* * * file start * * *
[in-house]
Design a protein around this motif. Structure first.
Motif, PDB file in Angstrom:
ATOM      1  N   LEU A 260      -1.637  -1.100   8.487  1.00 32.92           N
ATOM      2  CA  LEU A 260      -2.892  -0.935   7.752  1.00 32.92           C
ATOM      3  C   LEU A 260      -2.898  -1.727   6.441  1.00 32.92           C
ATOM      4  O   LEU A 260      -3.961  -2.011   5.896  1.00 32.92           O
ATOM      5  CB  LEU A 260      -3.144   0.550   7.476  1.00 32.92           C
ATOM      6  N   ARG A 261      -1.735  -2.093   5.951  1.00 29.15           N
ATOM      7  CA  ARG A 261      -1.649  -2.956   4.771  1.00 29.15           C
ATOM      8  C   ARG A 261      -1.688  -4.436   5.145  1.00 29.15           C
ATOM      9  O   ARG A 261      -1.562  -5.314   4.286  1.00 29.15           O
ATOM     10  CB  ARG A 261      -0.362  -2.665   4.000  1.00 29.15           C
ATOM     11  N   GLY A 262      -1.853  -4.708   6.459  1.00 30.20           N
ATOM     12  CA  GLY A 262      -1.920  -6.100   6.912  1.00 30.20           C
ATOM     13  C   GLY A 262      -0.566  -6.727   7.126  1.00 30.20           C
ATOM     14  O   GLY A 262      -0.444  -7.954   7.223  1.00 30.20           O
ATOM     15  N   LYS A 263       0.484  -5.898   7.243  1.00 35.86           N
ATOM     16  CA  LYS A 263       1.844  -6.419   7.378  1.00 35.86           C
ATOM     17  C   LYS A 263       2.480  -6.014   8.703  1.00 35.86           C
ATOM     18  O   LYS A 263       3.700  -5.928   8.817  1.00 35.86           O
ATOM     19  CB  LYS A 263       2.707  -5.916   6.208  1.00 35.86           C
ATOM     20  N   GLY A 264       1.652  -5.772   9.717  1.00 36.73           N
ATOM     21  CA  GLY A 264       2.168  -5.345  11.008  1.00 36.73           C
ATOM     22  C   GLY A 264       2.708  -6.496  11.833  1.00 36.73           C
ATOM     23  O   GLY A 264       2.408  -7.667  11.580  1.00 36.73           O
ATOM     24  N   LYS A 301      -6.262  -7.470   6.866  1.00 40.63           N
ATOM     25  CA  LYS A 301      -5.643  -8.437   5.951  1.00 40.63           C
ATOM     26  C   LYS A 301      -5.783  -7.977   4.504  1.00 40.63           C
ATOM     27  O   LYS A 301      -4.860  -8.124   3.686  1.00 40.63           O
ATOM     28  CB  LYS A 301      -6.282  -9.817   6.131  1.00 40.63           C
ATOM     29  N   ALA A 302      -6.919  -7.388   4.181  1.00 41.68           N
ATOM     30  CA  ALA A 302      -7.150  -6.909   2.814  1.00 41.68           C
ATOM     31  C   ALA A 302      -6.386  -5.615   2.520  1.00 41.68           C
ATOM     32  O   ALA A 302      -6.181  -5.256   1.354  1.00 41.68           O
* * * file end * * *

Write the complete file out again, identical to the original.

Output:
[in-house]
Design a protein around this motif. Structure first.
Motif, PDB file in Angstrom:
ATOM      1  N   LEU A 260      -1.637  -1.100   8.487  1.00 32.92           N
ATOM      2  CA  LEU A 260      -2.892  -0.935   7.752  1.00 32.92           C
ATOM      3  C   LEU A 260      -2.898  -1.727   6.441  1.00 32.92           C
ATOM      4  O   LEU A 260      -3.961  -2.011   5.896  1.00 32.92           O
ATOM      5  CB  LEU A 260      -3.144   0.550   7.476  1.00 32.92           C
ATOM      6  N   ARG A 261      -1.735  -2.093   5.951  1.00 29.15           N
ATOM      7  CA  ARG A 261      -1.649  -2.956   4.771  1.00 29.15           C
ATOM      8  C   ARG A 261      -1.688  -4.436   5.145  1.00 29.15           C
ATOM      9  O   ARG A 261      -1.562  -5.314   4.286  1.00 29.15           O
ATOM     10  CB  ARG A 261      -0.362  -2.665   4.000  1.00 29.15           C
ATOM     11  N   GLY A 262      -1.853  -4.708   6.459  1.00 30.20           N
ATOM     12  CA  GLY A 262      -1.920  -6.100   6.912  1.00 30.20           C
ATOM     13  C   GLY A 262      -0.566  -6.727   7.126  1.00 30.20           C
ATOM     14  O   GLY A 262      -0.444  -7.954   7.223  1.00 30.20           O
ATOM     15  N   LYS A 263       0.484  -5.898   7.243  1.00 35.86           N
ATOM     16  CA  LYS A 263       1.844  -6.419   7.378  1.00 35.86           C
ATOM     17  C   LYS A 263       2.480  -6.014   8.703  1.00 35.86           C
ATOM     18  O   LYS A 263       3.700  -5.928   8.817  1.00 35.86           O
ATOM     19  CB  LYS A 263       2.707  -5.916   6.208  1.00 35.86           C
ATOM     20  N   GLY A 264       1.652  -5.772   9.717  1.00 36.73           N
ATOM     21  CA  GLY A 264       2.168  -5.345  11.008  1.00 36.73           C
ATOM     22  C   GLY A 264       2.708  -6.496  11.833  1.00 36.73           C
ATOM     23  O   GLY A 264       2.408  -7.667  11.580  1.00 36.73           O
ATOM     24  N   LYS A 301      -6.262  -7.470   6.866  1.00 40.63           N
ATOM     25  CA  LYS A 301      -5.643  -8.437   5.951  1.00 40.63           C
ATOM     26  C   LYS A 301      -5.783  -7.977   4.504  1.00 40.63           C
ATOM     27  O   LYS A 301      -4.860  -8.124   3.686  1.00 40.63           O
ATOM     28  CB  LYS A 301      -6.282  -9.817   6.131  1.00 40.63           C
ATOM     29  N   ALA A 302      -6.919  -7.388   4.181  1.00 41.68           N
ATOM     30  CA  ALA A 302      -7.150  -6.909   2.814  1.00 41.68           C
ATOM     31  C   ALA A 302      -6.386  -5.615   2.520  1.00 41.68           C
ATOM     32  O   ALA A 302      -6.181  -5.256   1.354  1.00 41.68           O